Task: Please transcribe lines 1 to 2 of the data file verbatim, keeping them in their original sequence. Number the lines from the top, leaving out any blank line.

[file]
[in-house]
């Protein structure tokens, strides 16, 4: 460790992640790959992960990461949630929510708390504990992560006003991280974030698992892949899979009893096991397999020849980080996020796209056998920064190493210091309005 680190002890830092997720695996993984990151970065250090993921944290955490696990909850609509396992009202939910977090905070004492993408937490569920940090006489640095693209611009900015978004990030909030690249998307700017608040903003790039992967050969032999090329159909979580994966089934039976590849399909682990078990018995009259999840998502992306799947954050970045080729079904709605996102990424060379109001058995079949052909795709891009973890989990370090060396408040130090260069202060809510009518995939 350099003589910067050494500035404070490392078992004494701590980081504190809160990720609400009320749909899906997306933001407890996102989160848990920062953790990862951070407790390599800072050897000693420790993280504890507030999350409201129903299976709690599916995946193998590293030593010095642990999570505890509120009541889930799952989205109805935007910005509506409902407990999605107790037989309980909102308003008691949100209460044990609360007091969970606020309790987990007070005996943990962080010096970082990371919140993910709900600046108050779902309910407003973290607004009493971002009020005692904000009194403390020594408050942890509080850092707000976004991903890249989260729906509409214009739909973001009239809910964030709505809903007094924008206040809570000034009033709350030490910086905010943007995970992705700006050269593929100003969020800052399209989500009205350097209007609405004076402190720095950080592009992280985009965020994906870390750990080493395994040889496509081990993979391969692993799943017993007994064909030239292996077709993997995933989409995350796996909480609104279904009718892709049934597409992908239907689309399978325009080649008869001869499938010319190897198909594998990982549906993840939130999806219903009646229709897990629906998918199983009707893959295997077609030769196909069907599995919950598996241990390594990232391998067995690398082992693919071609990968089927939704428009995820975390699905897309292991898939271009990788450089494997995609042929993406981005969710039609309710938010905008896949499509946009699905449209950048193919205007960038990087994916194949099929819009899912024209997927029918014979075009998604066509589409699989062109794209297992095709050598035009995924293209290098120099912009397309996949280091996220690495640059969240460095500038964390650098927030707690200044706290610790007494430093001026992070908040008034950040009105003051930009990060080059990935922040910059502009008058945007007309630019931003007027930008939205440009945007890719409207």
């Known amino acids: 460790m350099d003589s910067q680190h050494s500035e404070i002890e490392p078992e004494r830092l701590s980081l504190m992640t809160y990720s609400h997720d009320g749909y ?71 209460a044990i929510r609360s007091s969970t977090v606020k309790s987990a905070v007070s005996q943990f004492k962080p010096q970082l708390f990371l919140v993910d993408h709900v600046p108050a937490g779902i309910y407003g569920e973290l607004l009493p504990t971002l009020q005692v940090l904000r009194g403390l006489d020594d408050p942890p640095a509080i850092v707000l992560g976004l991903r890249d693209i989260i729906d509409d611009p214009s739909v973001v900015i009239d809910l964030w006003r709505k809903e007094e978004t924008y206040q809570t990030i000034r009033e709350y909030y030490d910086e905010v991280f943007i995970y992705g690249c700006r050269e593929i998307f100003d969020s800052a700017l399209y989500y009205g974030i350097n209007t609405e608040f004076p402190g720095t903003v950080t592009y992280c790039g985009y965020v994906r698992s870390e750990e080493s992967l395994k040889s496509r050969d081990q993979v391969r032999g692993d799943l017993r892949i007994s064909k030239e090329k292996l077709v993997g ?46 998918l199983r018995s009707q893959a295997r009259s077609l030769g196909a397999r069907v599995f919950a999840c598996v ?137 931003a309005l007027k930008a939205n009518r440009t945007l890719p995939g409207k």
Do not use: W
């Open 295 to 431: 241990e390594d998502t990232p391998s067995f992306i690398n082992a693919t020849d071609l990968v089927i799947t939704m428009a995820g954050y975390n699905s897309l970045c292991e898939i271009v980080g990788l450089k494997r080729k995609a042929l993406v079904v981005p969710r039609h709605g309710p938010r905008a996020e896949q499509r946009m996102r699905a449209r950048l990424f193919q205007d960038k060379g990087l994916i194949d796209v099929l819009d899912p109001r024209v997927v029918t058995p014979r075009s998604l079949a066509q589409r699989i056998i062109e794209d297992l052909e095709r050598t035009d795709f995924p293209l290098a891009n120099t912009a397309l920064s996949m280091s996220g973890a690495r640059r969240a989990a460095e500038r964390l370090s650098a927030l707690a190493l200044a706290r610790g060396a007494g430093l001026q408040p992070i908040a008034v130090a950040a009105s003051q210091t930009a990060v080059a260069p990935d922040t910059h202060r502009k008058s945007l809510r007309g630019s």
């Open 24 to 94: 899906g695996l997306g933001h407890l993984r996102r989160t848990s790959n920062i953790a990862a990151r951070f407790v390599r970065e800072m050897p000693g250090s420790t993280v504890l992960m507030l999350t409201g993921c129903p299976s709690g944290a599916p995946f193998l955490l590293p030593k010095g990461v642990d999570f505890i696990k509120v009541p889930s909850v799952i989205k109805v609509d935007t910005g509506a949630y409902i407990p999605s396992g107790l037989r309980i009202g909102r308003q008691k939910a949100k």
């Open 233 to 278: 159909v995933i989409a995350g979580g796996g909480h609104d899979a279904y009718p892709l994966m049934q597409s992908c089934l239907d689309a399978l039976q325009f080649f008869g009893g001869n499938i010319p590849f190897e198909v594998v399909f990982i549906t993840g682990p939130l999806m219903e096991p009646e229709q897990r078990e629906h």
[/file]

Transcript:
[in-house]
């Protein structure tokens, strides 16, 4: 460790992640790959992960990461949630929510708390504990992560006003991280974030698992892949899979009893096991397999020849980080996020796209056998920064190493210091309005 680190002890830092997720695996993984990151970065250090993921944290955490696990909850609509396992009202939910977090905070004492993408937490569920940090006489640095693209611009900015978004990030909030690249998307700017608040903003790039992967050969032999090329159909979580994966089934039976590849399909682990078990018995009259999840998502992306799947954050970045080729079904709605996102990424060379109001058995079949052909795709891009973890989990370090060396408040130090260069202060809510009518995939 350099003589910067050494500035404070490392078992004494701590980081504190809160990720609400009320749909899906997306933001407890996102989160848990920062953790990862951070407790390599800072050897000693420790993280504890507030999350409201129903299976709690599916995946193998590293030593010095642990999570505890509120009541889930799952989205109805935007910005509506409902407990999605107790037989309980909102308003008691949100209460044990609360007091969970606020309790987990007070005996943990962080010096970082990371919140993910709900600046108050779902309910407003973290607004009493971002009020005692904000009194403390020594408050942890509080850092707000976004991903890249989260729906509409214009739909973001009239809910964030709505809903007094924008206040809570000034009033709350030490910086905010943007995970992705700006050269593929100003969020800052399209989500009205350097209007609405004076402190720095950080592009992280985009965020994906870390750990080493395994040889496509081990993979391969692993799943017993007994064909030239292996077709993997995933989409995350796996909480609104279904009718892709049934597409992908239907689309399978325009080649008869001869499938010319190897198909594998990982549906993840939130999806219903009646229709897990629906998918199983009707893959295997077609030769196909069907599995919950598996241990390594990232391998067995690398082992693919071609990968089927939704428009995820975390699905897309292991898939271009990788450089494997995609042929993406981005969710039609309710938010905008896949499509946009699905449209950048193919205007960038990087994916194949099929819009899912024209997927029918014979075009998604066509589409699989062109794209297992095709050598035009995924293209290098120099912009397309996949280091996220690495640059969240460095500038964390650098927030707690200044706290610790007494430093001026992070908040008034950040009105003051930009990060080059990935922040910059502009008058945007007309630019931003007027930008939205440009945007890719409207």